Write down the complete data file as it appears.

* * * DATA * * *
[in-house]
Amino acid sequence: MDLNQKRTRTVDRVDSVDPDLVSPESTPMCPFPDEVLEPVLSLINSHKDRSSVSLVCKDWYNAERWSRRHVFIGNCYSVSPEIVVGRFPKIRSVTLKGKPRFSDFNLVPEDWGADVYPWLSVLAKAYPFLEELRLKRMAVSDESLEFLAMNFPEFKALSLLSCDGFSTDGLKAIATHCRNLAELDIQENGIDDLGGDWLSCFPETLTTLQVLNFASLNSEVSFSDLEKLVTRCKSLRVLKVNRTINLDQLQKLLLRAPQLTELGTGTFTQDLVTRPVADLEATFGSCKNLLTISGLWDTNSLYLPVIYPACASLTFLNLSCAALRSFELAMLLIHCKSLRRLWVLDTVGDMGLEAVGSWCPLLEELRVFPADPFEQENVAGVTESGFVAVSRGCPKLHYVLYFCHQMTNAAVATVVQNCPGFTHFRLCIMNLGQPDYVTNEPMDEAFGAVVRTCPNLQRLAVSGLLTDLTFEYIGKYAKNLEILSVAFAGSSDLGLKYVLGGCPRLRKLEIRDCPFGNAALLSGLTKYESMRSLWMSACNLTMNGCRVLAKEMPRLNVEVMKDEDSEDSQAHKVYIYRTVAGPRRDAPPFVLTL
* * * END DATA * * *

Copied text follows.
[in-house]
Amino acid sequence: MDLNQKRTRTVDRVDSVDPDLVSPESTPMCPFPDEVLEPVLSLINSHKDRSSVSLVCKDWYNAERWSRRHVFIGNCYSVSPEIVVGRFPKIRSVTLKGKPRFSDFNLVPEDWGADVYPWLSVLAKAYPFLEELRLKRMAVSDESLEFLAMNFPEFKALSLLSCDGFSTDGLKAIATHCRNLAELDIQENGIDDLGGDWLSCFPETLTTLQVLNFASLNSEVSFSDLEKLVTRCKSLRVLKVNRTINLDQLQKLLLRAPQLTELGTGTFTQDLVTRPVADLEATFGSCKNLLTISGLWDTNSLYLPVIYPACASLTFLNLSCAALRSFELAMLLIHCKSLRRLWVLDTVGDMGLEAVGSWCPLLEELRVFPADPFEQENVAGVTESGFVAVSRGCPKLHYVLYFCHQMTNAAVATVVQNCPGFTHFRLCIMNLGQPDYVTNEPMDEAFGAVVRTCPNLQRLAVSGLLTDLTFEYIGKYAKNLEILSVAFAGSSDLGLKYVLGGCPRLRKLEIRDCPFGNAALLSGLTKYESMRSLWMSACNLTMNGCRVLAKEMPRLNVEVMKDEDSEDSQAHKVYIYRTVAGPRRDAPPFVLTL